Over the past 25 years I’ve photographed all manner of racing, from Formula One and NASCAR to IndyCar, NHRA, off-road and vintage, but for me nothing quite measures up to the 24 Hours of Le Mans. This epic struggle of man and machine, held in the ancient French city every June, is in my opinion the greatest automobile race in the world. The more than a quarter million fans who make the pilgrimage to Le Mans contribute mightily to its pageantry. And the absolute best teams and drivers from around the globe make it intensely competitive and incredibly difficult. Victory at Le Mans is something every competitor dreams of, and in many ways photographing this epic race is every bit as satisfying as winning it.
I started photographing Le Mans when Corvette Racing began competing there in 2000, making the 2015 edition my 16th consecutive race. The newness long ago dissipated, but the intense challenges, powerful emotions and sheer delight I experience there have only grown stronger over time.
Sweating the Details
As is typical, my preparation began a year earlier when I was at Le Mans for the 2014 contest. Each year I do a team photo with Corvette Racing, and after so many years shooting the same team and same cars in the same place I challenge myself to do something new. So right after last year’s team shoot wrapped up, I began thinking about a concept for this year. After zeroing in on one, I spent a lot of time thinking about it and visualizing every last detail needed to execute it.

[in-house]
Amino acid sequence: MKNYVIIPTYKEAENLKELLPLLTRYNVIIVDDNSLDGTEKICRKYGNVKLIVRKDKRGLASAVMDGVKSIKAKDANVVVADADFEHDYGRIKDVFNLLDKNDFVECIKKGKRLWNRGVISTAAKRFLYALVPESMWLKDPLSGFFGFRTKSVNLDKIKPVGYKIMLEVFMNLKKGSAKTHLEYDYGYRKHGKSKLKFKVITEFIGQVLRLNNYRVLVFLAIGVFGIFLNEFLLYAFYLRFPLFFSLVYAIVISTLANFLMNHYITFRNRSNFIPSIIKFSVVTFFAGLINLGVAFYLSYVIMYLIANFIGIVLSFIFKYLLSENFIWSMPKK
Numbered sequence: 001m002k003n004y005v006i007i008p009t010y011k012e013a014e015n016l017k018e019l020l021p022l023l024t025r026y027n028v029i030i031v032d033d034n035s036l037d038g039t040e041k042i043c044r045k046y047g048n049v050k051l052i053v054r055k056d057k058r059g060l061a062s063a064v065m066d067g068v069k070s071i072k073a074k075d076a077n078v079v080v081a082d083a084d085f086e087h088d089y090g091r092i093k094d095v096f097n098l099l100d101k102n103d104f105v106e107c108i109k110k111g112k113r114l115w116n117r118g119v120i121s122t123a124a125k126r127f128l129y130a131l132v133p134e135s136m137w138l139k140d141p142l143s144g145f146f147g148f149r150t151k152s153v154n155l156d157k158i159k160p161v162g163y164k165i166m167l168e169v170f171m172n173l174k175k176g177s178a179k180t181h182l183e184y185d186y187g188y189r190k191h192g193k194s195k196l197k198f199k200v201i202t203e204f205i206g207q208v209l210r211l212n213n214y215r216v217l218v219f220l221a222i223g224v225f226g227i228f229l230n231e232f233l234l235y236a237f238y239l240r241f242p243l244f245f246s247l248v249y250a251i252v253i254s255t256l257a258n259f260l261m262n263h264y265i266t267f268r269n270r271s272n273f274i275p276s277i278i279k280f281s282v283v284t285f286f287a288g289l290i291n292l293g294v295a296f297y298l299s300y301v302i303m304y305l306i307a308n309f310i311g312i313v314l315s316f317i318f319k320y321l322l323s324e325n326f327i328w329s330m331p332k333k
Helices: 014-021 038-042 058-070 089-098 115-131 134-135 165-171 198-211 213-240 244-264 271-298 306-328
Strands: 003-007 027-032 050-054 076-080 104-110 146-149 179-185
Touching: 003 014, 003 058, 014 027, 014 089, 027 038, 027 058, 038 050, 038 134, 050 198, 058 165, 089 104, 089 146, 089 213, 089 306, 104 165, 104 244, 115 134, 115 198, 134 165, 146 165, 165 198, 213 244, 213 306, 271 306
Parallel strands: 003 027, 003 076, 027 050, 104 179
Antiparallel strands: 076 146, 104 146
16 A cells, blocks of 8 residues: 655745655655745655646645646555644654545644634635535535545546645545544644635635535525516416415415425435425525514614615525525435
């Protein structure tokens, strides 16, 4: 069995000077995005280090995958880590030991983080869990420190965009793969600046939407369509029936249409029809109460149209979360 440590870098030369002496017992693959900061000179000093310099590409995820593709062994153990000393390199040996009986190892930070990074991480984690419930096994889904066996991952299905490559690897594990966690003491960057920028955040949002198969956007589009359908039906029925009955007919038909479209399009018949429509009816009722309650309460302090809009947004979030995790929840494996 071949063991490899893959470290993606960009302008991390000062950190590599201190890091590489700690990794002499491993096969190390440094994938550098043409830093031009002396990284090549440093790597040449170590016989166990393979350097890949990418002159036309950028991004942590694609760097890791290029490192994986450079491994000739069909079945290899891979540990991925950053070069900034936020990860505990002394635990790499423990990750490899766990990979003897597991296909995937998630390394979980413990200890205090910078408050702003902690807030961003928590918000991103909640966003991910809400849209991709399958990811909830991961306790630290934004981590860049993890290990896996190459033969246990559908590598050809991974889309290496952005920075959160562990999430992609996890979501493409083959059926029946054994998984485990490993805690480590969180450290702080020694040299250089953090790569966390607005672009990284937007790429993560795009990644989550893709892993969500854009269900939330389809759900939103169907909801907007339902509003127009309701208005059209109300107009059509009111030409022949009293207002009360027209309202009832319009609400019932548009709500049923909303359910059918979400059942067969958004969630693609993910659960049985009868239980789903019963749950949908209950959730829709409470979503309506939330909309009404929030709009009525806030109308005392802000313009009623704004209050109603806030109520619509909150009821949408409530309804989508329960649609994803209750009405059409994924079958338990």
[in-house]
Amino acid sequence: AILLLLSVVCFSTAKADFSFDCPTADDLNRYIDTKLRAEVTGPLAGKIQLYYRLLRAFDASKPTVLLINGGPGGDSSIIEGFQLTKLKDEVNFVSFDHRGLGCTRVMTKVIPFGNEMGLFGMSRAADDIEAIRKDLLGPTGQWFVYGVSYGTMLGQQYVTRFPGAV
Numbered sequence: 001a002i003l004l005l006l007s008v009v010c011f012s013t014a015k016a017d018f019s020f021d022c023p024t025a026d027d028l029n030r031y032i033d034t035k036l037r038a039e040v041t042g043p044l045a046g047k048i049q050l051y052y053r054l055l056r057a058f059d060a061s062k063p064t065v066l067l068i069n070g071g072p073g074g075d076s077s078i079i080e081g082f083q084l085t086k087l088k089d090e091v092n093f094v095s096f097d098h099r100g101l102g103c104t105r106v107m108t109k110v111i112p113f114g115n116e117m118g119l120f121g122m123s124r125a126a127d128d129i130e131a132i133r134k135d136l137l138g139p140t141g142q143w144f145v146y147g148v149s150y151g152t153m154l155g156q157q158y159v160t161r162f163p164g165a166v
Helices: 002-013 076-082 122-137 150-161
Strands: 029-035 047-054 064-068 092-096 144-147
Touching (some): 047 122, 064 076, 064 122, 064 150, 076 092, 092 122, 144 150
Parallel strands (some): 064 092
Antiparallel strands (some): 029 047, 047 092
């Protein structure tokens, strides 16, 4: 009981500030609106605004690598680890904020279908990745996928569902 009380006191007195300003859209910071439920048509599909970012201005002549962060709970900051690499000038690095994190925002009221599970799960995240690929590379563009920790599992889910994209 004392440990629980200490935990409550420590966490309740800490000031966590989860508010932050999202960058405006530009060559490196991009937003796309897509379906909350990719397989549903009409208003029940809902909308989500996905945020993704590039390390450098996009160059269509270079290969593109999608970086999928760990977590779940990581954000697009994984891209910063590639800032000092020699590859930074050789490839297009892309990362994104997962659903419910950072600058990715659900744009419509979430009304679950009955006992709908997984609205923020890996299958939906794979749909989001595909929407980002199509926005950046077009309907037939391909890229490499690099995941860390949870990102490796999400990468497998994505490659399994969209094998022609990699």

Over the course of the year, I also spent time on various logistical considerations, such as obtaining a photography credential, shipping my gear and booking travel. It used to be pretty easy to get a photo credential for Le Mans—too easy, in fact, with the result being hundreds of people without any real photography experience getting passes each year. But several years ago the ACO (the body that sanctions the Le Mans race) recognized the risks associated with indiscriminate credentialing and enacted strict new criteria. Among other things, the organization now requires a letter of assignment, copies of published work from the previous year’s race, a copy of the applicant’s national press card and proof of specialized insurance. I submitted my application packet in February, shortly after the process opened.
One of the chief logistical challenges involved with photographing any race, but especially Le Mans, is getting needed equipment there. For obvious reasons I always do my best to avoid entrusting camera gear to the ever-so-gentle baggage handlers at the airport. Airlines expressly assert that they are not responsible for checked photographic equipment—and then do their best to force photographers to check it. And while I do carry insurance for all of my gear (whose value totals around $80K US), it will be of little help if I can’t locate replacement equipment in time for the race. So the best solution is to not trust the airline.
All of my photo equipment, as well as everything else that I bring to Le Mans, is on a written “master” list that I use from one year to the next. Using that, I spun off a list of equipment to ship to France with Corvette Racing. Each year the team ships approximately 112,540 pounds of materials to Le Mans, with about 75,000 pounds going via cargo ship in April and the remainder going airfreight in May. Roughly 90 pounds of the total shipped is my camera gear, and it normally goes by sea in April. The downside of this approach is that whatever goes is obviously unavailable to me in the interim, which has meant making a substantial investment in duplicates of various lenses and other things over the years.